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Gorguts - The Erosion Of Sanity CD (album) cover




Tech/Extreme Prog Metal

3.55 | 46 ratings

From, the ultimate progressive rock music website

Conor Fynes
Prog Reviewer
4 stars 'The Erosion Of Sanity' - Gorguts (7/10)

Gorguts' second album is one that most every death metal afficionado has heard, or will hear at some point. It is widely considered a classic of death metal, and following in the footsteps of their American peers, this Canadian group is a band that I have come to respect quite a bit. Although they would reach their true artistic zenith with the third album 'Obscura', 'The Erosion Of Sanity' is a strong album from the band. Albeit not yet having the innovation and mind-boggling direction that Gorguts would become better known for, I would still sake out 'Erosion' as one of the stronger conventional death records I have heard.

Although I would not consider myself a fan of much death metal, I have listened to enough to identify what I consider to be the better, and less glorious aspects of certain bands' sounds within the genre. As an album that came out in the early 90's, Gorguts here has a sound that is easily identified with many other contemporaries from North America; most notably the style's pioneers, Death. While I would say that Gorguts takes a sound of their own entirely on the third album, 'The Erosion Of Sanity' feels like a disciple to mid-era Death, particularly from that band's second album 'Leprosy' up to 'Individual Thought Patterns'. The guitar tones, solos, and even vocalist Luc Lemay's growl are very close to what Death was doing only a few years before. For any death metal fan, this is not necessarily a bad thing- and Gorguts pays an impressive tribute to Death here at that- although it has nothing on the sense of awe that 'Obscura' gave me.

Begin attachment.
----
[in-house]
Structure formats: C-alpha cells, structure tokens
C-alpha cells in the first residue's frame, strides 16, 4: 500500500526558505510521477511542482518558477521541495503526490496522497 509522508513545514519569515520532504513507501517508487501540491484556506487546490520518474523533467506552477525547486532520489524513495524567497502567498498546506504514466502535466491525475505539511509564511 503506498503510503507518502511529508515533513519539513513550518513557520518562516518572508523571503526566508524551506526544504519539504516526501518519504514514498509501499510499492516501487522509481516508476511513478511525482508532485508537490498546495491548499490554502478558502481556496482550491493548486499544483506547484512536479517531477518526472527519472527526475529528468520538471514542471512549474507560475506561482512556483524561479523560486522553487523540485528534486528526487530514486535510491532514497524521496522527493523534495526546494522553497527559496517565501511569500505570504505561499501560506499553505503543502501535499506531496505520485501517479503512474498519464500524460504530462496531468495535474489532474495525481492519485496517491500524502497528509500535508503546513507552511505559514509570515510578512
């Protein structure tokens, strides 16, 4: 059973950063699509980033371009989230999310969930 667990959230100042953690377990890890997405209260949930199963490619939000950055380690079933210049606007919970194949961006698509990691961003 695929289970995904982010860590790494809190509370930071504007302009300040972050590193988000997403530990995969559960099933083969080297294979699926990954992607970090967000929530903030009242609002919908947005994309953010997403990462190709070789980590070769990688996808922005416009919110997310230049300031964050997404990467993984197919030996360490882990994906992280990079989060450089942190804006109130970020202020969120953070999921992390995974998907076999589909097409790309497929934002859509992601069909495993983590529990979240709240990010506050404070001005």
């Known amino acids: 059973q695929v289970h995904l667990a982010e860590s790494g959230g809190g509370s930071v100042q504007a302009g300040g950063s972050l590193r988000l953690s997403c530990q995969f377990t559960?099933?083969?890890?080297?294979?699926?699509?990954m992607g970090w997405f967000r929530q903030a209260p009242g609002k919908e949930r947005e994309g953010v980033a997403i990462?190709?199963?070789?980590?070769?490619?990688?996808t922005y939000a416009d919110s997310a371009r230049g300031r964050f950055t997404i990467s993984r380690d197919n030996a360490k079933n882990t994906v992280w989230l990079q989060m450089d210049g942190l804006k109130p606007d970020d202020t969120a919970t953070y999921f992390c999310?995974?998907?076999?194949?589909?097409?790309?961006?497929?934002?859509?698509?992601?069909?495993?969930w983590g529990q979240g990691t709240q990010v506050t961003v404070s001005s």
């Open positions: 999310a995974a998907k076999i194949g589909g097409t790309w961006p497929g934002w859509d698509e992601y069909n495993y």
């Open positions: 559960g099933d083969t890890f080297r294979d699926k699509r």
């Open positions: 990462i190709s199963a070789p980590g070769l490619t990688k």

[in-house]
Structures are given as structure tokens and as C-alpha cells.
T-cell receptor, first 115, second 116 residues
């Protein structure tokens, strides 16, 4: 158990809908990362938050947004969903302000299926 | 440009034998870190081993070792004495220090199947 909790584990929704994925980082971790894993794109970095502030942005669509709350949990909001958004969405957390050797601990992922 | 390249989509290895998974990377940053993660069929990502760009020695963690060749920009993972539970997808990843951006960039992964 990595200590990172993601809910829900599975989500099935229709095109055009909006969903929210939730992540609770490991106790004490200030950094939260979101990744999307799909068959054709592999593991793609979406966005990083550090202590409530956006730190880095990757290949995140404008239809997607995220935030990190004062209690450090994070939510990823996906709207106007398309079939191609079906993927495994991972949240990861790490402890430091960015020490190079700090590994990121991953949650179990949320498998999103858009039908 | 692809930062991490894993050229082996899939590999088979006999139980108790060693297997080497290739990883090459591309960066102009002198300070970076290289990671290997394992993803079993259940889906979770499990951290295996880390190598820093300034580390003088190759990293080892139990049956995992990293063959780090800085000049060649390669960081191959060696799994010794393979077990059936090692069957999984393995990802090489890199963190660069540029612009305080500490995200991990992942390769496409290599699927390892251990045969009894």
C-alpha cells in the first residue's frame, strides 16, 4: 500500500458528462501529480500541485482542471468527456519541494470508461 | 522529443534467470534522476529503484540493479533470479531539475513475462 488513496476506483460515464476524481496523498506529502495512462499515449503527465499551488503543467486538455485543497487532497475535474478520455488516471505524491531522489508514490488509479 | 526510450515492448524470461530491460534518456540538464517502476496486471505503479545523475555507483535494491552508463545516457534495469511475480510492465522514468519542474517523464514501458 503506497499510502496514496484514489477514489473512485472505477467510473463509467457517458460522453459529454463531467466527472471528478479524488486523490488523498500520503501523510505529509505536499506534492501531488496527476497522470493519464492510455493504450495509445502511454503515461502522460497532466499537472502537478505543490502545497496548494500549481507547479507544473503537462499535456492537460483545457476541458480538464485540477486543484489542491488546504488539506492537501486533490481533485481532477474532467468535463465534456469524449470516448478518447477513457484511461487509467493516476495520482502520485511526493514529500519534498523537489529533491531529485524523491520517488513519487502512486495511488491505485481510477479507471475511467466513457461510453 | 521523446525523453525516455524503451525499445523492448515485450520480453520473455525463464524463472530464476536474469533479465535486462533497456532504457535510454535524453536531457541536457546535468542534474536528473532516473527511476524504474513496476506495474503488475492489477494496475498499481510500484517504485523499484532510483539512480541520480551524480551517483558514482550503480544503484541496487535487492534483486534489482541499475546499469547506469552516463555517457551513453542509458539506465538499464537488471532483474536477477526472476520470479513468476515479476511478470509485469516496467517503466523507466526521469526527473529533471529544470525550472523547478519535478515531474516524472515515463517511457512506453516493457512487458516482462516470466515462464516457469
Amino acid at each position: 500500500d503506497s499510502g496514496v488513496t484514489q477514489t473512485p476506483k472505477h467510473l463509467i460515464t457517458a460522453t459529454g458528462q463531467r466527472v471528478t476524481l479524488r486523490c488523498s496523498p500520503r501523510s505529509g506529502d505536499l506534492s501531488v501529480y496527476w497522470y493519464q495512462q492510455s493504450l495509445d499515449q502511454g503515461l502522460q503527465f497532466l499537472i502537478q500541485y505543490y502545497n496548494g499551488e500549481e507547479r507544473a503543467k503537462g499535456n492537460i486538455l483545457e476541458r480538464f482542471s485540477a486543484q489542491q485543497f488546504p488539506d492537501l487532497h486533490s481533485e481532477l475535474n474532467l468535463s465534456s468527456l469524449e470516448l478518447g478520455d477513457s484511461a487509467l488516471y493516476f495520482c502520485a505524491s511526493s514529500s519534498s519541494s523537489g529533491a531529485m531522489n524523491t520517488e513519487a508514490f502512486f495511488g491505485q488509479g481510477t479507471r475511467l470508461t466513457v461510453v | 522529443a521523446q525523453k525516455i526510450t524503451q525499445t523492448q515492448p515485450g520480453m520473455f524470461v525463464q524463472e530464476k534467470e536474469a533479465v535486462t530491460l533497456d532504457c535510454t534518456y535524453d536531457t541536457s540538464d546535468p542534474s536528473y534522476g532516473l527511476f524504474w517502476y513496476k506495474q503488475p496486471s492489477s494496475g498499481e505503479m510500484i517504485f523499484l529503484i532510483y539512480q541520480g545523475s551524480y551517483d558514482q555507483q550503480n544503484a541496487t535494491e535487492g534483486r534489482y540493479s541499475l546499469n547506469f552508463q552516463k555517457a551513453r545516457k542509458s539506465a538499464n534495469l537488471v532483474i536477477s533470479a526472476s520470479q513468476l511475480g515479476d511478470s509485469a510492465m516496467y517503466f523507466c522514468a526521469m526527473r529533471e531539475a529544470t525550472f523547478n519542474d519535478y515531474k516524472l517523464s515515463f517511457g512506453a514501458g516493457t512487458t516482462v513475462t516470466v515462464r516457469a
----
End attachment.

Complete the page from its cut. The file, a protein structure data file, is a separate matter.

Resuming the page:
The music is not particularly heavy or technical by today's standards, but there are riffs and sections here that sound as powerful as they ever have. 'Condemned To Obscurity' has one of the best riffs I have ever heard in death metal; an amazing song that is led in by a classical piano introduction, and then erupts with this apocalyptic pinch-harmonic fueled barrage that gives me chills. The riffs are potentially immense here, and there's even some nice bass to be heard here, provided it manages to peak through the mix. Lemay's vocals are strong, although he does sound like a disciple to Chuck Schuldiner here, more than anything. The thing that I am not finding myself too impressed with are the drums, played here by Stephane Provencher. While he certainly knows how to beat a drumkit to death, there are plenty of sections here where he uses blastbeats, and they do not work nearly as well as they should have. The muddy drum mixing does not help matters much either.

While I would not consider myself to be a fan of much that the death metal style offers, I believe that in its conventional form, the early 90s was the best period for the sound, and an album like 'The Erosion Of Sanity' backs up this notion. Gorguts would not break out from under the thumb of Death and other American bands until their third album, and while nothing else that Gorguts has ever done can raise a finger to 'Obscura', 'The Erosion Of Sanity' comes in second place; a fine, classic-sounding record for death metal.

Conor Fynes | 4/5 |


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